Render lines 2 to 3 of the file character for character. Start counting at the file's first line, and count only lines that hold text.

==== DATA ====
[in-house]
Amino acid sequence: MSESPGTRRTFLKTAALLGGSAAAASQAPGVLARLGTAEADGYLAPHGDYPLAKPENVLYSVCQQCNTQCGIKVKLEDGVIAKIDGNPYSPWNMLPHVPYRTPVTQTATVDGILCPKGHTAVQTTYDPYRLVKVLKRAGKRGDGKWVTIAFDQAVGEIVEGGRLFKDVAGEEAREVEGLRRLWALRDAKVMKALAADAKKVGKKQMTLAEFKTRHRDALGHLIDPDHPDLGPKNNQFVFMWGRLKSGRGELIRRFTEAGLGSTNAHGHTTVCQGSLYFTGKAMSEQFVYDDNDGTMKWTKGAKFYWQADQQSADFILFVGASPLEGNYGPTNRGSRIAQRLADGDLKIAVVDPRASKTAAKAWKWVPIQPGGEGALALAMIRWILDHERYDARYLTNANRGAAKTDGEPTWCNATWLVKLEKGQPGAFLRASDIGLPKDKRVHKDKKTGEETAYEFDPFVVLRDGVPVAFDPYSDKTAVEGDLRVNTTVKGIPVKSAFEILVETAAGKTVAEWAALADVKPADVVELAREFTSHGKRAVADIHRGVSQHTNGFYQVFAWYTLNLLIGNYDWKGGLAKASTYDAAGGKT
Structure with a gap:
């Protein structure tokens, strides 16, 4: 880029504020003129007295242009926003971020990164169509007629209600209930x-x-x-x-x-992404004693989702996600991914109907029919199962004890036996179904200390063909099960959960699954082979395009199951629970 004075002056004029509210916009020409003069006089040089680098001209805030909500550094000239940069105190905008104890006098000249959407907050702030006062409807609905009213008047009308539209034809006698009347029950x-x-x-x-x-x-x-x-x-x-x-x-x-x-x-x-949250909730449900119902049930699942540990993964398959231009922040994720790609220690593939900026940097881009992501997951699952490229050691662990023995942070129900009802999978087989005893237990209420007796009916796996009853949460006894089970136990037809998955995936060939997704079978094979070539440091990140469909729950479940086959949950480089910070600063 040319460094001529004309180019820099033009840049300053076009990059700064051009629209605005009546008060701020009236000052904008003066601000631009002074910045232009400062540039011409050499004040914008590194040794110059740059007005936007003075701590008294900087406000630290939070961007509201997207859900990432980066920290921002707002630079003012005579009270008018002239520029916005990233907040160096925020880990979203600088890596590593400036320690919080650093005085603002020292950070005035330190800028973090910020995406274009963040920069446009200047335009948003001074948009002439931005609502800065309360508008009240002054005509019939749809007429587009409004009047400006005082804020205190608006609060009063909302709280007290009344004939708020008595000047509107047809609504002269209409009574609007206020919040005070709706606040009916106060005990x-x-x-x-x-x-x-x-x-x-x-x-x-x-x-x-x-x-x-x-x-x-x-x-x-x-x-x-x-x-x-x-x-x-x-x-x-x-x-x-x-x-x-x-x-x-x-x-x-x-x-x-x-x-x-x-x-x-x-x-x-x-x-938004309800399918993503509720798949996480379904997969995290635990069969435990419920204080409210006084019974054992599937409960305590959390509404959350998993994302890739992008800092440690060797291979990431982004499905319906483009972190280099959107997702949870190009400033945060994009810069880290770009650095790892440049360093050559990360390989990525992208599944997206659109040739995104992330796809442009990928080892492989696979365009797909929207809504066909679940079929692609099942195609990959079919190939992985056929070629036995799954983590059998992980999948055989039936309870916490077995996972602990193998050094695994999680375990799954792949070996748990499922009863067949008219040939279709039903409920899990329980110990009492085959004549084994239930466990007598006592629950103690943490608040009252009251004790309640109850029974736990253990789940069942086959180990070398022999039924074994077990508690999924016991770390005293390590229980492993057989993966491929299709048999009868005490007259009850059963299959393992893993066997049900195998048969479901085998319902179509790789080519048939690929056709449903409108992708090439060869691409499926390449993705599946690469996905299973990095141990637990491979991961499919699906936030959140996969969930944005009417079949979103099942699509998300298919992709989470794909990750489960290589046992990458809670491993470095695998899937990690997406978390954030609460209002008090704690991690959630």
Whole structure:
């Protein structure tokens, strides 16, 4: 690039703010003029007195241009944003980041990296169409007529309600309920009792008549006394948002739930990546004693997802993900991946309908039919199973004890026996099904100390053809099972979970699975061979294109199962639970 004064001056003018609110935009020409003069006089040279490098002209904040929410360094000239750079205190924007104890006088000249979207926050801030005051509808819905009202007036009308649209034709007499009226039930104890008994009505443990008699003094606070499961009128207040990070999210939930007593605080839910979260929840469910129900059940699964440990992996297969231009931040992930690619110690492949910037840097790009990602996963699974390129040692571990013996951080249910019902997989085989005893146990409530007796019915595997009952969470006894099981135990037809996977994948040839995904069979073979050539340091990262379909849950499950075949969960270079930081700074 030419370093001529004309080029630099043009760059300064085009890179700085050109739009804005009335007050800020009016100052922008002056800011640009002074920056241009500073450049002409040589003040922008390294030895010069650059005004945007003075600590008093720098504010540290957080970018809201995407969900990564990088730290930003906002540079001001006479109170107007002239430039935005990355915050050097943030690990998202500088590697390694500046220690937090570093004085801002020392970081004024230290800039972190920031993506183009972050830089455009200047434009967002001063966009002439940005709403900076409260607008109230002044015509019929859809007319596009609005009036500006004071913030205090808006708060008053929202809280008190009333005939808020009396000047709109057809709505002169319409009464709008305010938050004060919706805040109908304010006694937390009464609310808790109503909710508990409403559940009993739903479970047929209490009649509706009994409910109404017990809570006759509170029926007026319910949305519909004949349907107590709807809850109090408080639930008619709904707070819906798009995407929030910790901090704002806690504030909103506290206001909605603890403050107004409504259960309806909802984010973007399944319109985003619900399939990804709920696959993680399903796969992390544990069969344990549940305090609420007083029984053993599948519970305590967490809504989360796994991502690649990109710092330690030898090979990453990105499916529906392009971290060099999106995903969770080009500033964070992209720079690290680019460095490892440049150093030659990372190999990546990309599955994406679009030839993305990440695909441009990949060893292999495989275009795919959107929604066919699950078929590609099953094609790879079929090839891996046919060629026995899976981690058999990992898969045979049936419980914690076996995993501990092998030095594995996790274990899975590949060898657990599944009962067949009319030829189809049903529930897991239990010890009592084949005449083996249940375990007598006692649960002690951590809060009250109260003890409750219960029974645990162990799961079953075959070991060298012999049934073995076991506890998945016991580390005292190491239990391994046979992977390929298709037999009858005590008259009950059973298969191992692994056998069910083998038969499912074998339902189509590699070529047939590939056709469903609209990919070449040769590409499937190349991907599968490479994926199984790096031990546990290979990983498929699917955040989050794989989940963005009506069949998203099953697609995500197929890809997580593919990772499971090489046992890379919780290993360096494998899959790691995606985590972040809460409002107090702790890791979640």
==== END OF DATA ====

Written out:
Amino acid sequence: MSESPGTRRTFLKTAALLGGSAAAASQAPGVLARLGTAEADGYLAPHGDYPLAKPENVLYSVCQQCNTQCGIKVKLEDGVIAKIDGNPYSPWNMLPHVPYRTPVTQTATVDGILCPKGHTAVQTTYDPYRLVKVLKRAGKRGDGKWVTIAFDQAVGEIVEGGRLFKDVAGEEAREVEGLRRLWALRDAKVMKALAADAKKVGKKQMTLAEFKTRHRDALGHLIDPDHPDLGPKNNQFVFMWGRLKSGRGELIRRFTEAGLGSTNAHGHTTVCQGSLYFTGKAMSEQFVYDDNDGTMKWTKGAKFYWQADQQSADFILFVGASPLEGNYGPTNRGSRIAQRLADGDLKIAVVDPRASKTAAKAWKWVPIQPGGEGALALAMIRWILDHERYDARYLTNANRGAAKTDGEPTWCNATWLVKLEKGQPGAFLRASDIGLPKDKRVHKDKKTGEETAYEFDPFVVLRDGVPVAFDPYSDKTAVEGDLRVNTTVKGIPVKSAFEILVETAAGKTVAEWAALADVKPADVVELAREFTSHGKRAVADIHRGVSQHTNGFYQVFAWYTLNLLIGNYDWKGGLAKASTYDAAGGKT
Structure with a gap: